When I first started my business, I knew there were quite a number of projects that had resources who couldn’t finish their work. I don’t mean that they couldn’t finish in a reasonable time, but that they literally couldn’t finish anything, at all. I knew this partly from working with these projects but also from running into customers who told me about their projects at user group meetings or discussions the phone. I thought this was the best source of revenue I could find. I was wrong on that account.

Reason #1: Managers and Project Managers are Busy

When managers and project managers are especially busy, they tend not to notice that a person isn’t able to perform. Surprisingly, this can be true on a small project (and some people are major-class con artists on why they can’t finish, by the way) but it’s more common than you might imagine on large projects. Other project members tend to make up some portion of that work, whether they’re doing it to purposely protect the under-performing resource or not. This can hide the issue from the manager or project manager.

These days, merely the fact that everyone is just so busy and overwhelmed accounts for a great deal of this problem.

Reason #2: It’s Hard to Fire Someone

While the laws vary from state-to-state, here in the US, and while each company has different policies regarding what it would take to get rid of people who don’t perform, even beyond that, it can be difficult for a manager to get rid of a person, especially if they’ve never before had to fire someone.

Sometimes, it’s out of pity. Other times, out of fear that the person will get angry. There are all types of reasons. The bottom line is that it’s just not that easy for a lot of people to actually do it.

Reason #3: It Can be Hard to Get Rid of Consultants

While the idea of having consultants on projects is supposed to be that they bring an expertise that you don’t have and easy to get rid of once you no longer need them, that’s not always how it works out.

One situation I run into on large projects or projects who are using larger services groups, is that the rules behind what it would take to get rid of a resource can be difficult to actually accomplish. Where my general rule is that, when we’re all finished with what you and I think I should be doing for you I should be considered done, it’s not usually that flexible when you work with larger services groups.

I’m just going to give you a couple examples, but I have many – these are just the two that first pop into my head. In any case, I was on one project where a resource literally did no work for the entire six months of their contract. The customer argued about this with their software vendor who had sent the person for almost the entire six months but, in the end, it was easier to just let the person go at the end of the contract (and they got no replacement, which wasn’t ideal, but still better than paying someone to do nothing; and, no, there was no discount nor refund, either).

In another example, there was a consultant who didn’t do very much, what little they did conformed to no standard the massive (and regulated) customer was trying to follow, and had a tendency to cause trouble of various sorts. In this case, the customer merely did their best to sideline the consultant until their six month contract was up and then they took no more people from that particular consulting firm for that project (again, no discount nor refund was involved).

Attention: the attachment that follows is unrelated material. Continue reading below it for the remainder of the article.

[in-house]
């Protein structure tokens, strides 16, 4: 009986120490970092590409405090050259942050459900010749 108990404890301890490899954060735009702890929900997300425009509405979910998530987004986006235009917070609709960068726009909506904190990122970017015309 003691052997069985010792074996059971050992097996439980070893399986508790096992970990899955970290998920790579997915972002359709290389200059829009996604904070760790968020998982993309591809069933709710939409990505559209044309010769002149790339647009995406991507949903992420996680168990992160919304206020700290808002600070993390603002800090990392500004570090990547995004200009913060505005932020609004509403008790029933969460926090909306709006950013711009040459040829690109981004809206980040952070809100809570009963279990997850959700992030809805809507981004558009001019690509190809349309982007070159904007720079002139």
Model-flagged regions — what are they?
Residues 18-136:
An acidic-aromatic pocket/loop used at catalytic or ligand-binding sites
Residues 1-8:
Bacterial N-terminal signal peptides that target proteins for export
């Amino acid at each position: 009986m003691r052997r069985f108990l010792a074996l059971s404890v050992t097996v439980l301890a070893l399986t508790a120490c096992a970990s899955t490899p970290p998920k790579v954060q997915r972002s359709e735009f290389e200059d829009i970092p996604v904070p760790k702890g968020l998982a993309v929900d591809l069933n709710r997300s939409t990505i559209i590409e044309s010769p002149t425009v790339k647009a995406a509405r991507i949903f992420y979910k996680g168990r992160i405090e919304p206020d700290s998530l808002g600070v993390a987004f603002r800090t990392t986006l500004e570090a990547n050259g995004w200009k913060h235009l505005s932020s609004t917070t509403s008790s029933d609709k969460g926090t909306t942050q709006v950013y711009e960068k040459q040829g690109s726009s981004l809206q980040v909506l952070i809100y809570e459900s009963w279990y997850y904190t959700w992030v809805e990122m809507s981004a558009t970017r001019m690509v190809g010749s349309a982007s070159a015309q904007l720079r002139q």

A Trend

Do you see a trend, here? Do you see that projects will sometimes have six-month contracts for the individual resources? I think this is part of the reason why – if someone doesn’t work out, you can just keep them until the end of the contract and then not allow them to renew and losing six months of money is better than, say, a years-worth of money.

If it seems crazy that this is easier and better than going through the work to prove they’re not performing and to get a new resource or refund, it is, but it’s the way some of the contracts are written.

Even Crazier

So, let’s do the math, for a moment, and we’ll keep it simple. Let’s suppose all resources work 40 hours/week. Let’s look at three tiers of resources, for a moment. For six months, a non-performing resource costs this much money (40 hours a week x 26 weeks = 1040 hours).

  • At $80/hour, for a lower-end resource: 1040 hours x $80 = $84,200.
  • At $120/hour, for a more mid-level person: $124,800.
  • At $250/hour, for some of the all-inclusive people coming from software vendors: $260,000.

These are just rough calculations because people don’t always work all these hours – they get sick or take vacation, for example. In addition, there are more costs than just the ones mentioned. In the first two examples, imagine that travel is not included and in the last one, it is included, but there are many other things that bump the cost up.

If Wishes Were Horses

We have the saying that “If wishes were horses than beggars would ride” and it just means that wishing for something doesn’t make it so. Thus, while I started my business thinking “If only I got even the smallest portion of this business, I’d be all set for years to come,” I eventually recognized what wishful thinking this was. As I sit here writing this, there’s a thought wandering around the back of my head saying, “Wow, even now, if only I could find a way to harness all this, I wouldn’t have to be sitting here doing any marketing and writing anything to anybody!” Meanwhile the main part of my brain pulls out the bull whip and keeps the rest of my brain rolling along doing the real work and not just wishing for the improbable.

So, as crazy as all this seems, it does help to partially answer the question, “Why do LIMS/ELN/LES projects continue to cost so much?”

Gloria Metrick
GeoMetrick Enterprises